The suicide rate is rising for all age groups across the United States, but especially among adolescents and young adults. More teenagers attempt suicide by intentional self-poisoning than any other suicide method. Self-poisoning can include an intentional drug overdose or exposure to some other toxic substance, such as drinking bleach or breathing in carbon monoxide. According to the Journal of Pediatrics, 40,000 teens, under the age of 19, attempted suicide in 2000. That number doubled to 80,000 teen suicide attempts in 2018. The U.S. Poison Control Centers reports troubling statistics that from 2000 to 2018, there were 1.6 million self-poisoning suicide attempts for ages 10 to 24.
Why has there been such an increase in suicide among adolescents?
Often, it’s a combination of factors, internal and external. Teens may have some mental health issues, mood disorders, or an addiction, or they may have suffered from some trauma, and parents are not even aware. Pressures at school and problems with peers, both in person and online, are stressful to teens. Another factor is called “suicide contagion” – when one teen commits suicide, it will often lead to suicide attempts among other teens who are friends and classmates. Suicide has been portrayed in the media as a way to get revenge on the people who teens believe have mistreated them, which makes it more appealing in their eyes.
Another factor in teen suicide is that media and technology have changed how teens socialize. Rather than face to face interactions, teens tend to connect online, and to rely on social media as they develop their sense of self and sense of self-worth. Online bullying and “trolling” allow others to post mean and hurtful messages anonymously, messages which teens often take to heart.
How can parents help their teens?
First, talk to your teen about suicide. Talking about it will not increase suicidal thoughts or behavior. Ask your teen if he or she has ever seriously considered committing suicide. Help your children, even from a young age, to feel comfortable talking about their problems. Teach them and show them how to express their emotions. Let them know that they can always talk to you about any problem. Tell them that if they don’t feel right talking to you, that you will find someone they can talk to comfortably.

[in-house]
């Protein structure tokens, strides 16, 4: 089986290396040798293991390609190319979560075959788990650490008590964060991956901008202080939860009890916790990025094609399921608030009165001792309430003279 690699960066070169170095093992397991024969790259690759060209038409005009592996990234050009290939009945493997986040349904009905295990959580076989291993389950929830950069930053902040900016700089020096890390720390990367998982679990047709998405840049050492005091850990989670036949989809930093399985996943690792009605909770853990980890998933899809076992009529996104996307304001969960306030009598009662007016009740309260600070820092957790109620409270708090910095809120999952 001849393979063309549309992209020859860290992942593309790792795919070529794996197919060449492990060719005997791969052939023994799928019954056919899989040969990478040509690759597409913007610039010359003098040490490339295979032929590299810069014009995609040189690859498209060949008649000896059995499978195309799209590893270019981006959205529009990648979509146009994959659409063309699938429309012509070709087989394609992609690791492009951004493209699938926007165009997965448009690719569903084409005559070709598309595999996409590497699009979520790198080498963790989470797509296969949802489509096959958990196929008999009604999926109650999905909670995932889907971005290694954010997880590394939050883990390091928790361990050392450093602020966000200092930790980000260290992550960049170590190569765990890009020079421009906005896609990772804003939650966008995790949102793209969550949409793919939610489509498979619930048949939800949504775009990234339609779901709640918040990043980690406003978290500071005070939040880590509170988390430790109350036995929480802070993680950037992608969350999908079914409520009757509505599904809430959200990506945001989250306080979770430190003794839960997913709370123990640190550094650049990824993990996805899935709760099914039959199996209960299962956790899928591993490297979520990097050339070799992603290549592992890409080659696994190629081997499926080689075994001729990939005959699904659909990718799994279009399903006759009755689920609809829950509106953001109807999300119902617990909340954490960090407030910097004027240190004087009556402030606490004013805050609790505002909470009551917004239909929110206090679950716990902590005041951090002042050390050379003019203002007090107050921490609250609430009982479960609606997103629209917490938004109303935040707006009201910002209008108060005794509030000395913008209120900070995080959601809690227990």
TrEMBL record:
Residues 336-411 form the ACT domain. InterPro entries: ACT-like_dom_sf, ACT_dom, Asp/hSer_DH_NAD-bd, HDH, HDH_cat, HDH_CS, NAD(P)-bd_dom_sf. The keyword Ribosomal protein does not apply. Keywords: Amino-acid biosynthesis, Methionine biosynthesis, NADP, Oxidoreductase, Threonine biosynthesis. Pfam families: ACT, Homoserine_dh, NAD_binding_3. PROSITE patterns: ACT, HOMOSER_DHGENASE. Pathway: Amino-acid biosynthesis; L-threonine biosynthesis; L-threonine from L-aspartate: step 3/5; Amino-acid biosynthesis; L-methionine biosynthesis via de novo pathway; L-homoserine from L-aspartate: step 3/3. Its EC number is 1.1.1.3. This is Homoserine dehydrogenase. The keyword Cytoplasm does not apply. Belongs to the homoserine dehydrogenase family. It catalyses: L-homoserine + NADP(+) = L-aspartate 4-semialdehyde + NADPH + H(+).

Stay connected with your teen and talk often about the daily stresses and pressures in her life. Ask about his friends and activities. Encourage your teen to participate in sports and social activities, and to join you at family gatherings. Monitor your teen’s online activities closely and set limits on screen time. Watch for signs that indicate your child is considering suicide.
What are the signs that someone is considering suicide?
Not everyone who contemplates suicide acts the same, but these are some common indicators that your teen may be considering suicide. They may talk about wanting to die or wanting to kill themselves. They may say they feel hopeless and empty, or they feel that life has no meaning. There may be changes in their usual behavior. They may become more withdrawn, anxious, or agitated, or have extreme mood swings. They may use drugs or alcohol, or take dangerous risks, like driving too fast. They may speak of guilt, shame, emotional pain or getting revenge.
Especially watch your teens when one of their peers has recently committed suicide, as this increases the risk that other teens will also attempt suicide. You also need to be aware that teen girls are more likely to commit suicide by self-poisoning than teen boys.
The National Institute of Mental Health has helpful information about suicide prevention, including a list of signs that someone may be considering suicide and risk factors for suicide. The JED Foundation sponsors a website with information on mental health and suicide prevention especially for teens and young adults.
What should parents do?
Understand that when teens talk about suicide, they are not doing it just to get attention. Take them seriously. Suicidal thoughts and talk are signs of extreme distress, and should not be ignored. If your teen behaves in ways that concern you, and you think he may be considering suicide, take him to a therapist or counselor as soon as possible.
If your teen says he has a plan for committing suicide, call a mental health provider or suicide hotline immediately. The National Suicide Prevention Lifeline (NSPL) is open 24/7 at 1-800-273-TALK (8255), or text HOME to 741741 to reach the Crisis Text Line.
If your teen has problems, emotionally, behaviorally or psychologically, and has trouble with school, you may want to consider a treatment center. HelpYourTeenNow offers free help and advice for parents with troubled teens.
If your teen has attempted self-poisoning, call 911 immediately. You should also call the Poison Control Center at 1-800-22-1222, and tell them what poison your teen has taken, so that they can coordinate care with the emergency personnel. Early intervention in self-poisoning emergencies can make the difference between life and death.